Miah Persson delivers a radiant, mellifluous account of the Countess, with a dignified charm and restraint that reveals the role to be a close relation of Der Rosenkavalier’s Marschallin. She presides over the increasingly fraught squabbles among composer, poet, theatre manage, and other participants without strain. By contrast Andrew Shore is a bluff though also raffish La Roche, but equally unyielding in the pursuit of what he wants, and Shore conveys compellingly the directness of his character through the music and a somewhat reedy tone.
Sam Furness sounds rightly attractive and gentle as the composer Flamand, eliciting sympathy and good will in voicing the claims of music, in contrast to which Gavan Ring makes a more forceful and impetuous impression as the poet Olivier, and seemingly more defensive therefore, sparking some amusing contretemps between the two of them. Controlled as the orchestral support is, though, there are occasions when Furness struggles to be heard over it, falling victim to La Roche’s complaint elsewhere that in opera, music often drowns out the words.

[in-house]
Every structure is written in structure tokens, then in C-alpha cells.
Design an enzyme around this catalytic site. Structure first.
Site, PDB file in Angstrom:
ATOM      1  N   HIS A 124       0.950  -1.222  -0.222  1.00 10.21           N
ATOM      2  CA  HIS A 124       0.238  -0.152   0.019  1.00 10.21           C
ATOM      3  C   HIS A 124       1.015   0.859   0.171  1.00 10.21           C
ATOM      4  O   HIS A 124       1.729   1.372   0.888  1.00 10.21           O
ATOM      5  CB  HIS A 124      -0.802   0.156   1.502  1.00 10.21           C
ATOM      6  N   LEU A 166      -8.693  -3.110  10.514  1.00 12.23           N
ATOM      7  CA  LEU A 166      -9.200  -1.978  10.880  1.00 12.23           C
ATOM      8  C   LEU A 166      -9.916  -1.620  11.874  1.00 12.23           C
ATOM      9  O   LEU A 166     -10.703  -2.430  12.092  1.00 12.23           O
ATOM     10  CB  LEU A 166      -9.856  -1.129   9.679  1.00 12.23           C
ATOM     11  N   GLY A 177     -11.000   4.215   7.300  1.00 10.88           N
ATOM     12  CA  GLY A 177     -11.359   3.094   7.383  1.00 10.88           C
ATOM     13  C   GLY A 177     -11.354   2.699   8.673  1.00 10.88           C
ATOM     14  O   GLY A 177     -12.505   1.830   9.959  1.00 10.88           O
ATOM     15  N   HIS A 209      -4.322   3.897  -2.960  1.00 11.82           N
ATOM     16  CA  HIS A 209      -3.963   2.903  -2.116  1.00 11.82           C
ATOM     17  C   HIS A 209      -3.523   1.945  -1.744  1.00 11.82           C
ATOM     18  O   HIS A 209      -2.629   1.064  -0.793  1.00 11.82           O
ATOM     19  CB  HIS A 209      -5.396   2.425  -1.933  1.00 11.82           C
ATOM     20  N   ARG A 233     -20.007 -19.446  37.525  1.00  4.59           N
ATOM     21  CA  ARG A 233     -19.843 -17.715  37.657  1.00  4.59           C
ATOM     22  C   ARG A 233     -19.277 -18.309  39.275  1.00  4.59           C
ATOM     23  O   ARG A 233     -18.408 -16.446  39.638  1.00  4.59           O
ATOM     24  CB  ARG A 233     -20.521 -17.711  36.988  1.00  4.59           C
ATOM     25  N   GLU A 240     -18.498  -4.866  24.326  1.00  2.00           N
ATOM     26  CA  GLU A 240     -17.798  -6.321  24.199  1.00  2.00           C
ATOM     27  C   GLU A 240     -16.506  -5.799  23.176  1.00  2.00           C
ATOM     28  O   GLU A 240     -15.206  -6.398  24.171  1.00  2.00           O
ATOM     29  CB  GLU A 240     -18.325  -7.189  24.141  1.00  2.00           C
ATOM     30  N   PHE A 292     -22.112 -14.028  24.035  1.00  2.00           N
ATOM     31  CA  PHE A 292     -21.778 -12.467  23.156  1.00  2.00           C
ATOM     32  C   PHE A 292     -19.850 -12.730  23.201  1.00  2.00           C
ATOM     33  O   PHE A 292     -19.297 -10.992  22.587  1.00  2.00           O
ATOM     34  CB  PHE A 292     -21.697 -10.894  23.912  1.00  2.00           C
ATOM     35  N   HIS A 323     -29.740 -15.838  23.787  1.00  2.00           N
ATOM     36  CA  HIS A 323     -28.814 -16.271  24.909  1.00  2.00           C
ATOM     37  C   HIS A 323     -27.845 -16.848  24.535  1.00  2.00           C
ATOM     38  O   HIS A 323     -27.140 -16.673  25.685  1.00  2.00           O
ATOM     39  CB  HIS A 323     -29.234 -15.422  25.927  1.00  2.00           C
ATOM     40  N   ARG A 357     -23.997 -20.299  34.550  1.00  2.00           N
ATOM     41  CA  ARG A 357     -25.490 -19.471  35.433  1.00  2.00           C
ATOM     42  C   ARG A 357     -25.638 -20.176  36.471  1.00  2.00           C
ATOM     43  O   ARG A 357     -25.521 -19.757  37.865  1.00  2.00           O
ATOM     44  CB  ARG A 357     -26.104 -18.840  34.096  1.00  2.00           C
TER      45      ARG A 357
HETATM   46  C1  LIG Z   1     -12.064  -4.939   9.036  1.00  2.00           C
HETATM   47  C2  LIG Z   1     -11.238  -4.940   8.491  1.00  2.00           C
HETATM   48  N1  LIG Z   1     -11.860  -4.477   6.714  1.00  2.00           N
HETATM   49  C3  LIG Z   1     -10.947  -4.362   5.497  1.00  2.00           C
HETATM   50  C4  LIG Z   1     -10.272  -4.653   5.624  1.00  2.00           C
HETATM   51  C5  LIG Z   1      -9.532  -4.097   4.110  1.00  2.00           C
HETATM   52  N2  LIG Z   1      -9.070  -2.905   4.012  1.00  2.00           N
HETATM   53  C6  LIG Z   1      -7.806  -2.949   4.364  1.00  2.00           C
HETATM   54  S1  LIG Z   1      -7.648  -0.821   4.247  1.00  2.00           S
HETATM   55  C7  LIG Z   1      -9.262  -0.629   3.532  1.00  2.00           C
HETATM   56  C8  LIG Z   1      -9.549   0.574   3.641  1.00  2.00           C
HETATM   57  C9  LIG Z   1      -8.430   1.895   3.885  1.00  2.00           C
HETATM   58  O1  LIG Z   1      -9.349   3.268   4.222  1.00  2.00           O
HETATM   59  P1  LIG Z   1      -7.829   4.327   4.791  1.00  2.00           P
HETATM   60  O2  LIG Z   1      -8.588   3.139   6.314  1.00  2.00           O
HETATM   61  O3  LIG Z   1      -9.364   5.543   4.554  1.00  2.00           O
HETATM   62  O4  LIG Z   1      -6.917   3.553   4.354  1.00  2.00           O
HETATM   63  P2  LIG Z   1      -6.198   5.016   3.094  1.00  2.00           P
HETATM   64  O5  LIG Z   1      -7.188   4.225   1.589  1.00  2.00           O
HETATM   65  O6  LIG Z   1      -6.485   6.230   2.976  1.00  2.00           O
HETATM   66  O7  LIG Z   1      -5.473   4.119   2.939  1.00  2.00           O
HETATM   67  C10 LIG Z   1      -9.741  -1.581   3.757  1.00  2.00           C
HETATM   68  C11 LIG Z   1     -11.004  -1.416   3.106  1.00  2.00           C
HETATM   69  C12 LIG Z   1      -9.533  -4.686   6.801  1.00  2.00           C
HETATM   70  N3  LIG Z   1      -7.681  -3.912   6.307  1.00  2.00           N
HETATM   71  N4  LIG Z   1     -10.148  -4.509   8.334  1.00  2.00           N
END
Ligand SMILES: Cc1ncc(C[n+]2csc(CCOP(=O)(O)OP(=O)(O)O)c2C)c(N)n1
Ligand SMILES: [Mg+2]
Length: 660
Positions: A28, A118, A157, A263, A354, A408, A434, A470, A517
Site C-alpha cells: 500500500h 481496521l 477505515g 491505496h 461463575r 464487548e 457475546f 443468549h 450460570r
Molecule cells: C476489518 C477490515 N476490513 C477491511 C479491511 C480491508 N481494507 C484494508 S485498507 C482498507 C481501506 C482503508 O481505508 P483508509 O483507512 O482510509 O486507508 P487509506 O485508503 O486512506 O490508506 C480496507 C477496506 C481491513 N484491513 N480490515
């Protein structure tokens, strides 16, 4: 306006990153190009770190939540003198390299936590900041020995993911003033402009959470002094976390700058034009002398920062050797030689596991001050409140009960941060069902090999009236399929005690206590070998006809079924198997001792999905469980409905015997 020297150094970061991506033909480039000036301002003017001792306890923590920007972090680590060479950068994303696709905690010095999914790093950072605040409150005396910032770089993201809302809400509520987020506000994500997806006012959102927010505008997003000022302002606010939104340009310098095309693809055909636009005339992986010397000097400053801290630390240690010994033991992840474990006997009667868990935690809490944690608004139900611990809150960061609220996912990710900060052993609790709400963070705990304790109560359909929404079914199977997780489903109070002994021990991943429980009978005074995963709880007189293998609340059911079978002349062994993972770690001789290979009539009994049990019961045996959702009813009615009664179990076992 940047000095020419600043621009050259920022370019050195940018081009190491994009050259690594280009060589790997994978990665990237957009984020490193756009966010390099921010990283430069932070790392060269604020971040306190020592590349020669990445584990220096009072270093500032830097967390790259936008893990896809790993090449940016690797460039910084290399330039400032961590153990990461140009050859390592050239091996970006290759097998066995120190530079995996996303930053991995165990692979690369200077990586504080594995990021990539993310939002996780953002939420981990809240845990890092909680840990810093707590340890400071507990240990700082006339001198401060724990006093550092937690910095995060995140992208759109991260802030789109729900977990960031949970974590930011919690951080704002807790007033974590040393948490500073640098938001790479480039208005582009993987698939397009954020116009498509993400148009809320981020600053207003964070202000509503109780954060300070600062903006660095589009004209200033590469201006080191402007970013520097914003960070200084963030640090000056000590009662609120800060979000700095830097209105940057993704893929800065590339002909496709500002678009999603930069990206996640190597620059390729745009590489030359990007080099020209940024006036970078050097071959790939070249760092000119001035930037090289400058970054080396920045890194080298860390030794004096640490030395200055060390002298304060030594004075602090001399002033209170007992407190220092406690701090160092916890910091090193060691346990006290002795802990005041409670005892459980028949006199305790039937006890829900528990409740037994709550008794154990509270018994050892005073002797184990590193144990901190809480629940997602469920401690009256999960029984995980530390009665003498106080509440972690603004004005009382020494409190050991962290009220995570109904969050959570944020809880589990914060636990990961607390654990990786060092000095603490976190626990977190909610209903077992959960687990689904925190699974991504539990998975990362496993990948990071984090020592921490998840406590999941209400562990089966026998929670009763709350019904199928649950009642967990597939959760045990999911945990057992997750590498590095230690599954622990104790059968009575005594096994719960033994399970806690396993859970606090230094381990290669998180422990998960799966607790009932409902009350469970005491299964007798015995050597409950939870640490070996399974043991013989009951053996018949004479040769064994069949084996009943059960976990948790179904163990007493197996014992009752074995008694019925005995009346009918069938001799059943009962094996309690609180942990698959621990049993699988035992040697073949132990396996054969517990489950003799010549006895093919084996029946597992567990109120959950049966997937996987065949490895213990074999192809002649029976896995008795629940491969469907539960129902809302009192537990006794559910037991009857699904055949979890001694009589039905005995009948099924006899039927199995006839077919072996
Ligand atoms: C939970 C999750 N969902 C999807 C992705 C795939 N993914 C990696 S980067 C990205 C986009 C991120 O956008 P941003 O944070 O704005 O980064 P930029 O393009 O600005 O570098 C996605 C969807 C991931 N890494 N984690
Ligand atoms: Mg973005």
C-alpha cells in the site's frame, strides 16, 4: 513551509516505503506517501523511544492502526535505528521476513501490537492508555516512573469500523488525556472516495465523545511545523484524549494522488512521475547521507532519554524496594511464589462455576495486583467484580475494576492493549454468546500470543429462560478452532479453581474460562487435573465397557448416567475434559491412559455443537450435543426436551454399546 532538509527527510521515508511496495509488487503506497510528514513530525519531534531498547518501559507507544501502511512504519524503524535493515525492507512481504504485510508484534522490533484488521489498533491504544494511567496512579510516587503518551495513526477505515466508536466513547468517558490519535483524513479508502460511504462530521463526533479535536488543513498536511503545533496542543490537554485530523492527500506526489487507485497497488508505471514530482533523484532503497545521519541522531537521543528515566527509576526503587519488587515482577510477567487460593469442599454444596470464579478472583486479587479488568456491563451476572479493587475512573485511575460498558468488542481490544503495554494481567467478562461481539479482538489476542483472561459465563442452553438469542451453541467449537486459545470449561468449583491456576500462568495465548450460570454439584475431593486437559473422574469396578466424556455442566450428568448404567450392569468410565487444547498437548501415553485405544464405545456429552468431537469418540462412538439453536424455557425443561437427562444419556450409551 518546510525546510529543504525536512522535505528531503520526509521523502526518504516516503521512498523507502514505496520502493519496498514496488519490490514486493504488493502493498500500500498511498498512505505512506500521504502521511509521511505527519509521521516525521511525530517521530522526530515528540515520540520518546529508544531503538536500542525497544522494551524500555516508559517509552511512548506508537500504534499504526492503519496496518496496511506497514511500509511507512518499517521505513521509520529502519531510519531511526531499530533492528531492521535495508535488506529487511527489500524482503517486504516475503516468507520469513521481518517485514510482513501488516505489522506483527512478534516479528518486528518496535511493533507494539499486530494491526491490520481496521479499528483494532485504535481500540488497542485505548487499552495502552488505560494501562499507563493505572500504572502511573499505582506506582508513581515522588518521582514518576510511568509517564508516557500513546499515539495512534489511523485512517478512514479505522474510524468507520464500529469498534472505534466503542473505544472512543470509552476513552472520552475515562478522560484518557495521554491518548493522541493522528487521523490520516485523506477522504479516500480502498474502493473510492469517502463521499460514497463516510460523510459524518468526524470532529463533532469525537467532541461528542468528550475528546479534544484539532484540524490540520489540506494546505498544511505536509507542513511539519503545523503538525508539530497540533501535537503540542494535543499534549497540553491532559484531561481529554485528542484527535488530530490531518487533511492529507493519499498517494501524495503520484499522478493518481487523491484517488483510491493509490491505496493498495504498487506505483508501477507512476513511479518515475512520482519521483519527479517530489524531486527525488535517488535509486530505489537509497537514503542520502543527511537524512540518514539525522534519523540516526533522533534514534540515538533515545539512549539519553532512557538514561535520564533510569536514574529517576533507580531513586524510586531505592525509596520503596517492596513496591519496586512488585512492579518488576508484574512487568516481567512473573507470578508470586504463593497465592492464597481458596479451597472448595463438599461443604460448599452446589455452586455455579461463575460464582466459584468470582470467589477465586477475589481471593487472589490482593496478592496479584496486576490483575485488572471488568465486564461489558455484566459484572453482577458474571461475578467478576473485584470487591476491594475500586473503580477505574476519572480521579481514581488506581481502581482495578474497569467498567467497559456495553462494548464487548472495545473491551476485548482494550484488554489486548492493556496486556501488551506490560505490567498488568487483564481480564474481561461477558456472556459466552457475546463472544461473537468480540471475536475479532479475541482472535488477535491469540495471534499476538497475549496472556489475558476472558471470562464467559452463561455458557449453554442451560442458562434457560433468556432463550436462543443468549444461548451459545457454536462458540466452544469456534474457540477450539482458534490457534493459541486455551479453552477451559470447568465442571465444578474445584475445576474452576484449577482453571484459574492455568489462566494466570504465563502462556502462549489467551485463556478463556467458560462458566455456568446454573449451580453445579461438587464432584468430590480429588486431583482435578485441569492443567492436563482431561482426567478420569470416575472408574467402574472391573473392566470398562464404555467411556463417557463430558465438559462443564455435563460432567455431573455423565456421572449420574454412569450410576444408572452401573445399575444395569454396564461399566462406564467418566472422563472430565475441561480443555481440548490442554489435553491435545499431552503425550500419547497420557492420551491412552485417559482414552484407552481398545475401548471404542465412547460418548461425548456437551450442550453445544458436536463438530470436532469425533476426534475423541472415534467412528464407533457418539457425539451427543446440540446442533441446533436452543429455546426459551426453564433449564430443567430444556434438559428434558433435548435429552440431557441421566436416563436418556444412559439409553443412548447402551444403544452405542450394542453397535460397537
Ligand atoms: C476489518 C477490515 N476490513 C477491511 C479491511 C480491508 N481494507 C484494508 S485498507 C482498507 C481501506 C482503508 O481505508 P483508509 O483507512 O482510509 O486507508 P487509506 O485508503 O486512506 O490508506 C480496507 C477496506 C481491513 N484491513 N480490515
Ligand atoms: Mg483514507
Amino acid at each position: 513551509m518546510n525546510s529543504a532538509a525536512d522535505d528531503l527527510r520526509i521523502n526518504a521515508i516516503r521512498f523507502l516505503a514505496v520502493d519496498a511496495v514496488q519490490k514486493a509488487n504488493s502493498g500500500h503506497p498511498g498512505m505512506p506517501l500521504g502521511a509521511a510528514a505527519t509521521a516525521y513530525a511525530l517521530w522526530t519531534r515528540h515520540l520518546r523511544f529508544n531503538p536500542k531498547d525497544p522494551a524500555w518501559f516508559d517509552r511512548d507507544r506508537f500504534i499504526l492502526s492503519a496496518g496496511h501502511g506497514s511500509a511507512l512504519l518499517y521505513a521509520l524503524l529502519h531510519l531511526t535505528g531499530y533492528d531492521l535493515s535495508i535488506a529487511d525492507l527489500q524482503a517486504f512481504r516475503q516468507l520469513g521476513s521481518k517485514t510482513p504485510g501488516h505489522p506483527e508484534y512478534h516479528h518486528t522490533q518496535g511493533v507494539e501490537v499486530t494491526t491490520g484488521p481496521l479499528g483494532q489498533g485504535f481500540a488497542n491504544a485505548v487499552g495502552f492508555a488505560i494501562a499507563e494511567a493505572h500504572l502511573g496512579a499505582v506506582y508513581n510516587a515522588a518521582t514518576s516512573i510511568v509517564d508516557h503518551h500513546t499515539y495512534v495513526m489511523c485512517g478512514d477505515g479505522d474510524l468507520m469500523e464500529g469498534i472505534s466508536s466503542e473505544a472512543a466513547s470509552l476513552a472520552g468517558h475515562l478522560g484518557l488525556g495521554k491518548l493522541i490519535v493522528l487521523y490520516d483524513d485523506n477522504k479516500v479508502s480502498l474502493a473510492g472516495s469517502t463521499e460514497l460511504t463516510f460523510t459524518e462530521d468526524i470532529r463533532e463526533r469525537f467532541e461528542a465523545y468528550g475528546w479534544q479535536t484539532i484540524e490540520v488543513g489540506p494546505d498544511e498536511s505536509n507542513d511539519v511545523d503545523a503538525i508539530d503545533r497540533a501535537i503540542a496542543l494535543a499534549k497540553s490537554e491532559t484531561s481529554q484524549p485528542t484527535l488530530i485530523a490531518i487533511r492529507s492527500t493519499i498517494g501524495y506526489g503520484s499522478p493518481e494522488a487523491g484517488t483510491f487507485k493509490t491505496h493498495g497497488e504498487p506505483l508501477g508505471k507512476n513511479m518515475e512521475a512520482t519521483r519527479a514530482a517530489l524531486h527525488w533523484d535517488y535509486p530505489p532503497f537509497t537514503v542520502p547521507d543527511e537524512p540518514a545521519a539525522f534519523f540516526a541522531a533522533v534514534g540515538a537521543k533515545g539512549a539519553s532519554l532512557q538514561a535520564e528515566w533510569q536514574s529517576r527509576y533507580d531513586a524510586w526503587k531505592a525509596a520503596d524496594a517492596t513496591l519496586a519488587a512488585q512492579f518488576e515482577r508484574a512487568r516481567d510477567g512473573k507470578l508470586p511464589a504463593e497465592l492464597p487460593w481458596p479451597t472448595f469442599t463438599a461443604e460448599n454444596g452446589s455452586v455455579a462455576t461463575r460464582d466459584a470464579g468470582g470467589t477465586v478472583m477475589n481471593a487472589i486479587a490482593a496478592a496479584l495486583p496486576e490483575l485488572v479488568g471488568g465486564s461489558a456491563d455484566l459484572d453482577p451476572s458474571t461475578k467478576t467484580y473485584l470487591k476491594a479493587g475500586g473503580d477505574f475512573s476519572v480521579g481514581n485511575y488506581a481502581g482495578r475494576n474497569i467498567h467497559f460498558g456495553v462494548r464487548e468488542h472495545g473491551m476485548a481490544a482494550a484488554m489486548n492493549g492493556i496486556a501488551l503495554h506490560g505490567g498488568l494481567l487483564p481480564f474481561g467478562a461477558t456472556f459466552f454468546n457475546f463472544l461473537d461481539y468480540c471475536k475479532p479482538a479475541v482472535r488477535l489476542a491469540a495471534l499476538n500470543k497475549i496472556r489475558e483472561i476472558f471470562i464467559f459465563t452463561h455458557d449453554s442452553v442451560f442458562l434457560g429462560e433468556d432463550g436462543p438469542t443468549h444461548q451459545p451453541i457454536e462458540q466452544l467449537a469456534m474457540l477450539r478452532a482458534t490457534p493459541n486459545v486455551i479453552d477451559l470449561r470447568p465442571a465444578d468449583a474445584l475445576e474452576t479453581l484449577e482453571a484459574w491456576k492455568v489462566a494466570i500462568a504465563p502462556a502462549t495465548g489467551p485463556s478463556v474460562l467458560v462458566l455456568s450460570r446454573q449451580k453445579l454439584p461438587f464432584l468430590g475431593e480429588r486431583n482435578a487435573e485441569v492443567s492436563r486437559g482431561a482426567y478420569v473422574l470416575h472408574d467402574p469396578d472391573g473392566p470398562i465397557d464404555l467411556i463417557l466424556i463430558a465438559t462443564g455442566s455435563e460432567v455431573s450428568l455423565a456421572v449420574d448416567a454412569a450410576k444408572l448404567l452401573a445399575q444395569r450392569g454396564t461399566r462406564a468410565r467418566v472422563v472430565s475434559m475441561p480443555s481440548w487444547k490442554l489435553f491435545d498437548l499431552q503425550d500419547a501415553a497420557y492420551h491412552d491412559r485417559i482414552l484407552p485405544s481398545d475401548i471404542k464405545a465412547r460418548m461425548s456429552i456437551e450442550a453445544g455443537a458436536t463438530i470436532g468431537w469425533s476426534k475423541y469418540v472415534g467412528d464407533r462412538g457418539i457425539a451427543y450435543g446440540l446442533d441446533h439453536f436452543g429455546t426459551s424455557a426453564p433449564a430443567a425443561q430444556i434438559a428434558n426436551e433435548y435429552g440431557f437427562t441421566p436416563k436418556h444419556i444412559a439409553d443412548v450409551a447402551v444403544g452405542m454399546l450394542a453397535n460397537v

William Dazeley’s Count is down to earth and witty, a good counterpart to La Roche in standing for a certain practical disposition, as against the more aesthetically-inclined aspirations of his sister the Countess, Flamand, and Olivier. Hanna Hipp brings allure and good humour to the role of Clairon, whilst Nika Gorič and Caspar Singh make little fuss as they execute the overblown vocal acrobatics of the parody of an Italianate song allotted to them. For all the surface charm of the opera and this production, there is much in it that will stimulate any audience that cares about music drama at all and the mechanics at work within it; it is therefore a welcome contribution by a festival whose raison d’être is opera.